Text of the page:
Since \(\sin ( A + B ) = \sin A \cos B + \cos A \sin B\), it follows from \(\sin(2A)=\sin(A+A)\) that

\(\sin ( 2A ) = 2 \sin A \cos A\)

which is the **double angle identity** for the sine function.

There are several double angle identities for the cosine function.

Since \(\cos ( A + B ) = \cos A \cos B - \sin A \sin B\), it follows from \(\cos(2A)=\cos(A+A)\) that

\(\cos ( 2A ) = \cos^2A - \sin^2A\)

and since \(\cos^2A = 1 - \sin^2A\) and \(\sin^2A = 1 - \cos^2A\), we get two additional identities

\(\cos ( 2A ) = 1 - 2 \sin^2A\)

and

\(\cos ( 2A ) = 2 \cos^2A - 1\).

Since \(\tan ( A + B ) = \dfrac{\tan A + \tan B}{1 - \tan A \tan B}\), it follows from from \(\tan(2A)=\tan(A+A)\) that

\(\tan ( 2A ) = \dfrac{2 \tan A}{1 - \tan^2A}\).

Given that \(A\) is in quadrant II and \(\sin A = \frac{2}{3}\) find \(\sin ( 2A )\) and \(\cos ( 2A )\). In which quadrant does the angle \(2A\) lie?

Given that \(A\) is in quadrant I and \(\cos A = \frac{3}{5}\), find \(\sin ( 3A )\). Hint: \(3A = A + 2A\)

The identities \(\cos2A= 1 - 2 \sin^2A\) and \(\cos2A = 2 \cos^2A - 1\) are sometimes written in the form

\(\sin^2A = \dfrac{1 - \cos2A}{2}\)

and

\(\cos^2A = \dfrac{1 + \cos2A}{2}\)

In this form, they are called the **power reduction identities**, since they reduce second powers of trigonometric functions to first powers of cosine functions.

In calculus there are simple rules for finding the anti-derivatives or Laplace transforms of functions of the form \(f(x)=\cos(ax)\). In order to apply those rules to finding antiderivatives or Laplace transforms of certain higher powers of sine or cosine, the power reduction identities are used.

For example,

\(\begin{eqnarray*} \cos^4x&=&\cos^2x\cdot\cos^2x\\ &=&\dfrac{1+\cos2x}{2}\cdot\dfrac{1+\cos2x}{2}\\ &=&\dfrac{1+2\cos2x+\cos^22x}{4}\\ &=&\frac{1}{4}+\frac{1}{2}\cos2x+\frac{1}{4}\cdot\dfrac{1+\cos4x}{2}\\ &=&\frac{3}{4}+\frac{1}{2}\cos2x+\frac{1}{8}\cos4x \end{eqnarray*} \)

If \(A\) is replaced by \(\dfrac{x}{2}\) in the power reduction identities and the resulting identities are solved for \(\sin\frac{x}{2}\) and \(\cos\frac{x}{2}\), then we get the half-angle identities for the sine and cosine functions.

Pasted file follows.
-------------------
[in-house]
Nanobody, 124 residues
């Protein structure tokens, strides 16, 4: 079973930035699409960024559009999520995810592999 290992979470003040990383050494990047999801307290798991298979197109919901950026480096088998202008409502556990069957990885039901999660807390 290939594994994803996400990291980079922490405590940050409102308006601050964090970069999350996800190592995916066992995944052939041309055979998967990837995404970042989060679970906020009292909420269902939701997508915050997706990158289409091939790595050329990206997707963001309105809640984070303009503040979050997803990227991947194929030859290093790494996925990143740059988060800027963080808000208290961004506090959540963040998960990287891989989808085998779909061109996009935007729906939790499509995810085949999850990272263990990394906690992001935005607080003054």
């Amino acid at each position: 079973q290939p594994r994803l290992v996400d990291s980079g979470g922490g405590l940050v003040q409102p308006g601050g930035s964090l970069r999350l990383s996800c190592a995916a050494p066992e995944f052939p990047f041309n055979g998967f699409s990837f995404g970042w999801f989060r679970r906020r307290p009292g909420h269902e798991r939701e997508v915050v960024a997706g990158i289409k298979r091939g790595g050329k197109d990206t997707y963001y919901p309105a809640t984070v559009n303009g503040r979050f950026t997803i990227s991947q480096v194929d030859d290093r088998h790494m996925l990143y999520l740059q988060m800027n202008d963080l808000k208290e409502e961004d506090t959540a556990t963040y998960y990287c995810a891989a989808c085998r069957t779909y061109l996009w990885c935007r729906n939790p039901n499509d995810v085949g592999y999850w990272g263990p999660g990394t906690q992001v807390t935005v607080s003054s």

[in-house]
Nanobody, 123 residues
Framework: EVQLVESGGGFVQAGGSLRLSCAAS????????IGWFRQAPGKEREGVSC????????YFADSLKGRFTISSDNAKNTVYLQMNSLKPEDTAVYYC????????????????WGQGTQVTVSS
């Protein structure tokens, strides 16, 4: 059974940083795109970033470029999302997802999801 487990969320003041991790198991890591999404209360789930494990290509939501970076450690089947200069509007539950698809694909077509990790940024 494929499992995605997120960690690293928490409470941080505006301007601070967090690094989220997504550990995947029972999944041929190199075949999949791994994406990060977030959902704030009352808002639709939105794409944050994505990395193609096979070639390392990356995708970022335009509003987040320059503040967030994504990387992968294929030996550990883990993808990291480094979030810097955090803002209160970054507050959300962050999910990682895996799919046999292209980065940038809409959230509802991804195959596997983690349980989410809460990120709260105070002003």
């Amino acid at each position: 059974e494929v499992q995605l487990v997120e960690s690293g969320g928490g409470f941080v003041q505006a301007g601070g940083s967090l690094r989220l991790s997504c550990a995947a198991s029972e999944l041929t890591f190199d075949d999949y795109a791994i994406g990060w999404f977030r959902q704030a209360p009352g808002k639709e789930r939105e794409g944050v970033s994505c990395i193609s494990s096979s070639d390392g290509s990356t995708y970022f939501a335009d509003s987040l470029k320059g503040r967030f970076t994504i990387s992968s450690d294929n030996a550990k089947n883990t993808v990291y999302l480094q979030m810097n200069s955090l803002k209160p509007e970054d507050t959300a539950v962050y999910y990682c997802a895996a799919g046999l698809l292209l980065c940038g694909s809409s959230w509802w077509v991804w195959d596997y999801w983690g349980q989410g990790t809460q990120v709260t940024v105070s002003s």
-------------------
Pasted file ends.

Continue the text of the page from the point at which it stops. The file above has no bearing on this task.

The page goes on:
\(\sin\frac{x}{2}=\pm\dfrac{\sqrt{1-\cos2x}}{2}\)

\(\cos\frac{x}{2}=\pm\dfrac{\sqrt{1+\cos2x}}{2}\)

For any particular angle \(x\) one would have to know which quadrant contains the angle \(\dfrac{x}{2}\) to decide whether the \(\pm\) becomes a plus \((+)\) or a minus \((-)\).

Given that \(\dfrac{x}{2}\)is in quadrant II and \(\cos x = \frac{1}{2}\), find \(\cos\frac{x}{2}\) and \(\sin\frac{x}{2}\).

In the unit circle, construct an angle \(A\) in standard position with its terminal side in quadrant I. Recall that the terminal side of \(A\) intersects the unit circle at the point with coordinates \((\cos A,\sin A)\). Construct a second angle \(B\) with its vertex at the point \(( -1, 0 )\), initial side the \(x\)-axis to the right of \(( -1, 0 )\) and terminal side containing the point \((\cos A,\sin A)\). Then, according to a theorem from geometry, \(B = \dfrac{A}{2}\).

From the diagram we conclude that for acute angles \(A\)

\(\tan\frac{A}{2}=\dfrac{\sin A}{1+\cos A}\)

In fact, it is an identity for all angles \(A\), not only acute angles.

An equivalent identity is\(\tan\frac{A}{2}=\dfrac{1-\cos A}{\sin A}\)

We will leave this one as a puzzle for the student to work out. As a hint, draw the line between the points \((1,0)\) and the point \((\cos A,\sin A)\) and show that it is the hypotenuse of a small right triangle which is congruent to the large right triangle whose base angle is \(\frac{A}{2}\).

Given that \(A\) is in quadrant IV and \(\cos A = \frac{4}{5}\), find \(\tan \frac{A}{2}\).